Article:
Spokane County unemployment holds steady in June
The unemployment rate in Spokane County held steady in June despite the loss of almost 2,200 jobs, most of those in private education.
At 8.9 percent, the rate was below the 9.2 percent for all of Washington, and the 9.1 percent for King County.
Not since December 1996, when area electronics companies were thriving, has Spokane County had a lower rate than that for Seattle-Bellevue, said Doug Tweedy, regional labor economist for the Washington Employment Security Department. The spread then was .1 percent, 4.6 percent v. 4.7 percent.
The rate for June 2008 was 5.3 percent.
Tweedy said employees of private schools, who work on nine-month contracts, typically swell unemployment rolls in June by about 2,000. The loss of 300 retail trade jobs accounts for much of the rest of the county’s job losses, he said.
Health care added 300 jobs, Tweedy said, as did local government, including hires at Northern Quest Casino, an enterprise of the Kalispell Tribe of Indians.
The unemployment rate remained flat as the labor force fell in June by 2,500, to 239,500, because many workers who had moved into Spokane in search of jobs returned to rural areas, Tweedy said. Seasonal work took some of the edge off unemployment in surrounding counties, although jobless rates in several remained in double digits.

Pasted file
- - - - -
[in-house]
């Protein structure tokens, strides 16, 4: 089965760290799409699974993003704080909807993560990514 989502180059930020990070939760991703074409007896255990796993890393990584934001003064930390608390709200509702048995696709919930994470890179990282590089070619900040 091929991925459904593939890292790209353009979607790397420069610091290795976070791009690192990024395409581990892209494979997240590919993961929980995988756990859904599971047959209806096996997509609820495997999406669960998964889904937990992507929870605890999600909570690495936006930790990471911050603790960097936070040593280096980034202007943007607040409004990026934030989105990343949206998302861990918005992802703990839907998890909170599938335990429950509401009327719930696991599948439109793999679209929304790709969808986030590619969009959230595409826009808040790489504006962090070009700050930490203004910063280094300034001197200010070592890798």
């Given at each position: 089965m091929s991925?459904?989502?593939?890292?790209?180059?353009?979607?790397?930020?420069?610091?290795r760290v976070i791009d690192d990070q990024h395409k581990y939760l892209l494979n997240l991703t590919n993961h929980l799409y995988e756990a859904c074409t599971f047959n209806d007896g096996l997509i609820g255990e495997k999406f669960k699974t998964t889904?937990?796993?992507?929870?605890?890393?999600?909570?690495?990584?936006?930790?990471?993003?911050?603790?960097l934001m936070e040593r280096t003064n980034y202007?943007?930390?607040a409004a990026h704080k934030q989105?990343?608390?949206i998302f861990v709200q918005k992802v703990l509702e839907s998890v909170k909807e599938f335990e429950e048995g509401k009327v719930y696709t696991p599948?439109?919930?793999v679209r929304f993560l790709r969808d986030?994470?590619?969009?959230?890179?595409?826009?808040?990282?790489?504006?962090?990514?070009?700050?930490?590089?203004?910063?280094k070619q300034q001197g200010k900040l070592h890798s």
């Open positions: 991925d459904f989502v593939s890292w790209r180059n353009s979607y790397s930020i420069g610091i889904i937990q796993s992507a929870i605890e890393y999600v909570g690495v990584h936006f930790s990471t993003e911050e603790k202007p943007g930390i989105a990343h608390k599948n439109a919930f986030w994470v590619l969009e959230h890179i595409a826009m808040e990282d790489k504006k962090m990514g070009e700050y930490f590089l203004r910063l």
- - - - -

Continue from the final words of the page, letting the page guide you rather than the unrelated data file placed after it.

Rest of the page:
Pend Oreille County’s rate fell to 13.4 percent from 15.4 percent in May, Ferry County’s to 12.1 percent from 12.6 percent, and Stevens County’s to 12.4 percent from 12.9 percent.
“Our in-migration has stopped,” Tweedy said. “Some of those communities are doing better.”
He noted Spokane County unemployment peaked in March at 10.3 percent. March was also the high point during the 2000-2001 recession, which ended after eight months. The current recession is already 18 months old, he said.
“We don’t expect the rate to drop as quickly as it did after the last recession,” Tweedy said.
The state lost 10,500 jobs in June and has shed 117,800 since June 2008, according to Greg Weeks, head of the ESD labor market information office.
About 333,000 people in Washington are looking for work, he said.